For nearly half an hour on Wednesday night it looked as though the Whitecaps would become back-to-back Canadian champions. Vancouver took advantage of a Bradley-less, Irwin-less Toronto FC squad to stake out to a 2-0 lead (2-1 on aggregate) and carried that lead well into stoppage time. A disinterested and detached Giovinco, seen moping around the pitch at BC Place for 90 minutes, didn’t help TFC’s cause much either.
Everything was seemingly coming up Whitecaps. After a rather pedestrian first 45, Carl Robinson subbed in firecracker Nicolás Mezquida at half-time in place of Russell Teibert. The move paid immediate dividends when the Uruguayan scored just two minutes later. Tim Parker pushed the Caps into the pole position after a nifty chest-to-foot volley in the 68th minute found the netting in behind replacement keeper Alex Bono.
But then, at 90 + 5, one of the preeminent instances of Vancouvering happened. It was a magical collection of follies and foolishness not seen since Larry, Curly and Moe were atop the entertainment world. Kendall Waston, who had been playing arguably his best game this season, decided one more aerial clearance was needed to salt the win away. David Ousted decided that the lobbed ball into the box was his (it was his). Every other Caps defender decided that the ball was someone else’s to take care of (it was David Ousted’s to take care of) and were content to watch it fall.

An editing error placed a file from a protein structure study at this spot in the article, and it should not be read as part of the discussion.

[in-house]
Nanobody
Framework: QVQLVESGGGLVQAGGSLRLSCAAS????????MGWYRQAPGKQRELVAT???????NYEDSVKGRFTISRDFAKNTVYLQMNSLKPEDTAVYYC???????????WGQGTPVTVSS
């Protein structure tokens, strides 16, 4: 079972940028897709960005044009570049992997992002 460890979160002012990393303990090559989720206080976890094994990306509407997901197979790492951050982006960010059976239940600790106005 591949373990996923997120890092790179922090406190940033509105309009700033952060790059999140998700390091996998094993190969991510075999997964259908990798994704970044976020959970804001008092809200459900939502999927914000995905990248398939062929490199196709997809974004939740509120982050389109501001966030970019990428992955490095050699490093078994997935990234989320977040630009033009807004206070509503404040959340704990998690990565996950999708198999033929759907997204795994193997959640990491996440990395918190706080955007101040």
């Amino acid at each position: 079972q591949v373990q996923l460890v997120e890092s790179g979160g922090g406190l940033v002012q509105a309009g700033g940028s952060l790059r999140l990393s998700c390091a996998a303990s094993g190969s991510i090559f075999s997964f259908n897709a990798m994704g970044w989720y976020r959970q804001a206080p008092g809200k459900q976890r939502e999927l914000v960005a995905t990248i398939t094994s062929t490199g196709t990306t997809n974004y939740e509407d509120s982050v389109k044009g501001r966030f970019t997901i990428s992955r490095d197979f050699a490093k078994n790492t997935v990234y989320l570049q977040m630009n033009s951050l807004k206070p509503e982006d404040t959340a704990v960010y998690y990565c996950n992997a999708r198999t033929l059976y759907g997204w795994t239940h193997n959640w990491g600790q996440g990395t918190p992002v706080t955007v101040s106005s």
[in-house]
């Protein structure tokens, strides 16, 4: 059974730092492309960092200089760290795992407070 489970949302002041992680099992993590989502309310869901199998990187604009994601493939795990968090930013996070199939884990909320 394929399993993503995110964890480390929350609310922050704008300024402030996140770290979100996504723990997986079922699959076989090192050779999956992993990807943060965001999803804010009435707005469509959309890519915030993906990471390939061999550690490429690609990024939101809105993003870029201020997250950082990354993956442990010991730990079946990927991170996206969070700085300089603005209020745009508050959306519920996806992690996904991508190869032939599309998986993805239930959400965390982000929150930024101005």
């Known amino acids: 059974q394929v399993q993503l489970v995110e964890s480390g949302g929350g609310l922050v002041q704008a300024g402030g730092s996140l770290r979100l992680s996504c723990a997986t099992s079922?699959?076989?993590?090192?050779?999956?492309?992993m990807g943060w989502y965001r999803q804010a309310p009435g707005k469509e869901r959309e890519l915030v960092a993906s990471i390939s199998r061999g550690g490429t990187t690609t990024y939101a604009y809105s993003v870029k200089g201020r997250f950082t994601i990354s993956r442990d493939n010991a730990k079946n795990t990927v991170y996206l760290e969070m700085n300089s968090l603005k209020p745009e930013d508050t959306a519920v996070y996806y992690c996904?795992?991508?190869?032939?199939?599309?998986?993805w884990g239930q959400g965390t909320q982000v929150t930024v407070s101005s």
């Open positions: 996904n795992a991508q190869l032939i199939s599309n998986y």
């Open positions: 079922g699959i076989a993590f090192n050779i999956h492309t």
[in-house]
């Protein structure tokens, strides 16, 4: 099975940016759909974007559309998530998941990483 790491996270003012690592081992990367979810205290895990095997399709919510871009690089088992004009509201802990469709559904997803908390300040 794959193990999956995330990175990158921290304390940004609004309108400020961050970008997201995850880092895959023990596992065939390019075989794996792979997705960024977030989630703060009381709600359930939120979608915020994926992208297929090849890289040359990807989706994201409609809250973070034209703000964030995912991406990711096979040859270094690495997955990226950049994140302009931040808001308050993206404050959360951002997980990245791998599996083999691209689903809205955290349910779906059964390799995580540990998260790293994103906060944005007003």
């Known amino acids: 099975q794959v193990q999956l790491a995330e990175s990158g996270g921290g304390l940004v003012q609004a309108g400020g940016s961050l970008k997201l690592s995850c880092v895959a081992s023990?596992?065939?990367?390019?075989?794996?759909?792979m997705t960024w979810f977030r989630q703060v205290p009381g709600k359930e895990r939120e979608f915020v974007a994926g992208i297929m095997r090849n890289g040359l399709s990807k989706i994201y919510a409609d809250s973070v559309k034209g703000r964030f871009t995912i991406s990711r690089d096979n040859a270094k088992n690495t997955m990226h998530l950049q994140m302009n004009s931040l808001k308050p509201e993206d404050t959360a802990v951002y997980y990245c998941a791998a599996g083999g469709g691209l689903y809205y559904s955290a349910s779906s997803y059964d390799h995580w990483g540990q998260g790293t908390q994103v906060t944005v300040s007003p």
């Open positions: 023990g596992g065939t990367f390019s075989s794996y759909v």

The result was as follows:
- Ousted calling for the ball.
- Waston ignoring that call.
- Ousted momentarily catching the ball over Waston’s head.
- Waston heading the ball out of Ousted’s hands while hip-checking his keeper to the ground.
- The ball being served up to charging TFC midfielder and Canadian International Will Johnson.
- The ball being pounded into the top of the net with seconds remaining.
Give credit where credit is due, it was a fantastic finish by Johnson, who sacrificed his tibia in order to produce the heroics and earn his team the Voyageurs Cup. But this championship was, if I may borrow from the book of cliché, lost by the Whitecaps, not won by Toronto FC. Vancouver lost the championship the week before, when the Whitecaps failed to score away from home and looked to be the second best team on the field in all facets of the game in the first leg. The Caps had previously fallen victim the away-goals tiebreaker in 2013, allowing the Montreal Impact to raise the cup in front of the faithful at B.C. Place.
It’s the latest entry in the list of CanChamp heartbreak for the Caps. The Voyageurs Cup has proven to be altogether elusive for the club, with last year’s (seemingly) miraculous victory standing alone in six attempts in the finals and eight attempts overall. The Whitecaps always seem to fall victim to cruel and unusual ways en route to finishing second-best – it’s no wonder Vancouver fans have developed a bit of complex. Some say that’s just the nature of sport. I say, we’ve been officially Vancouver’d.